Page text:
I used to think wild places existed far from wherever I was, and to experience them, took great effort, expertise, and equipment to experience. I’ve hiked mountain trails, the way most people do, with heavy boots, stomping like a stormtrooper, punishing the wild earth for not being a sidewalk. Five years ago I started hiking barefoot, and have never regretted it. Even the shortest walks on the smallest trails became delicate and treacherous. Where I once crashed through brush like a steamrolling REI-sumo-donkey, I now experience every vine, flower, blade of grass, and thorn. The pace is slower, but more fluid, and much more involved. It’s a rare intimacy to no longer walk on the earth, but in it. I find birds, squirrels, and even deer no longer scatter at my approach, but linger like I am no longer an intruder. The anxiety of hyper-awareness that has no outlet in normal life, is perfectly in place amid the bushes and willow trees along the river. Every sound and movement has meaning and purpose. The wind through the cottonwood trees gives each leaf its own voice, and their swishing conversations remind me why I generally don’t give a shit what people have to say. There are no untruths here, only the true and honest melodies of life, with secret lyrics unlocked by simple interest.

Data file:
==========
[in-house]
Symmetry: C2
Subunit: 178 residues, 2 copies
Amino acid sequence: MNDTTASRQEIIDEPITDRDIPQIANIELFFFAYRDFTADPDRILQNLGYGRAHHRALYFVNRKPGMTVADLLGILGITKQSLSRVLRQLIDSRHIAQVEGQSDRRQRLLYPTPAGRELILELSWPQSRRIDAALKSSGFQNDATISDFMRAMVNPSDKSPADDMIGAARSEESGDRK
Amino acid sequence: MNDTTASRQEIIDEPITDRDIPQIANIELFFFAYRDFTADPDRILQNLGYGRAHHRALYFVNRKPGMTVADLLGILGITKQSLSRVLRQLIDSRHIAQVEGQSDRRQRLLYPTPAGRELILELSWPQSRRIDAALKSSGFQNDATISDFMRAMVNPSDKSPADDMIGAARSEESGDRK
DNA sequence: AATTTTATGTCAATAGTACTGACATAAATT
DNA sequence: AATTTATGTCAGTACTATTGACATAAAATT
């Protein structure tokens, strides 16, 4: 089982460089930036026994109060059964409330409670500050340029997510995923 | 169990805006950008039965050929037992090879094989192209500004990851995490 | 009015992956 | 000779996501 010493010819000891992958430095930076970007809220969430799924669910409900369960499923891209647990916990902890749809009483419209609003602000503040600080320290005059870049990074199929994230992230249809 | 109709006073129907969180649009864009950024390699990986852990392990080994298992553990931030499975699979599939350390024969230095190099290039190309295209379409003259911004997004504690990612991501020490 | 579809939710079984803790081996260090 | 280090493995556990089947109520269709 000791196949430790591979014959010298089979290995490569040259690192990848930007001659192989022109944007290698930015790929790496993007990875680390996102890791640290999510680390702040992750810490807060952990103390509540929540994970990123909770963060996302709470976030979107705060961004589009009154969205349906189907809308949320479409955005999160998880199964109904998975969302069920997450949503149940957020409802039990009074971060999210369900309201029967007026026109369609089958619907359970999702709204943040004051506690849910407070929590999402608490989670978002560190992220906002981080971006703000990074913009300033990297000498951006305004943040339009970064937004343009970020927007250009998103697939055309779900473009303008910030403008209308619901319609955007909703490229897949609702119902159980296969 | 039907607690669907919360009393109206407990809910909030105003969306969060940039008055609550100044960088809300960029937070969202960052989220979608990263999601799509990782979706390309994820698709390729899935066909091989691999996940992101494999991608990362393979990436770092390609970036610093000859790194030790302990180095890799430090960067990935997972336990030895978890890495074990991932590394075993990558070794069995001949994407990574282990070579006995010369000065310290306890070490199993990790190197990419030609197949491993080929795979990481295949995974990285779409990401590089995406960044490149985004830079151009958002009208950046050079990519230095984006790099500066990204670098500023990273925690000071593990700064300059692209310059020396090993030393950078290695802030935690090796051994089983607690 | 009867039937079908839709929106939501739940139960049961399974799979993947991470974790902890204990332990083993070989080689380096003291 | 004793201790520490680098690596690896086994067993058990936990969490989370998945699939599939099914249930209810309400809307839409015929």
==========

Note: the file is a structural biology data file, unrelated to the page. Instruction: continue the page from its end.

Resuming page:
The elderberry trees, called hunqwat by the Cahuilla, are ripe with fruit along the river. For thousands of years this tree has been harvested by cultures all over the world for its medicinal properties and delicious fruit, but seems mostly forgotten, or ignored. While the twigs, leaves and branches have higher levels of toxin, the berries and flowers are edible, and have historically been used to make wine and syrups. I spent the morning gathering clusters of the deep purple berries. Their ripeness is signaled by a dusty white coating, as if having been dipped in powdered sugar.
The clusters hang just overhead and out of sight of the typical trail joggers, focused on their feet, that frequent this trail. I forget sometimes how startling It may seem to the ordinary white women, trotting along in pink spandex, pony-tails flip-flopping, when they encounter a shoeless brown man standing in the bushes with a knife and a bag. I’m surprised I haven’t been pepper sprayed yet. “No, I’m just picking berries officer.”
I collected a bag full of berries in less than an hour, and have more than enough to last all year. The most difficult part is removing the berries from the clusters. A little shake will dislodge most of the berries, but any small twigs must be removed because of their toxicity and bitter flavor. I made three pints of elderberry liqueur that will be ready by Christmas, and three jars of elderberry syrup. The syrup tastes like a mix of blueberries and blackberries, and while at home on pancakes and waffles, works magic mixed with whiskey and ice. To preserve them, the Cahuilla typically dried them and stored them in baskets. I prefer the freezer bag in the freezer method.
In a few weeks the blackberries will be ripe, and hopefully I'll have time to scavenge and make something good.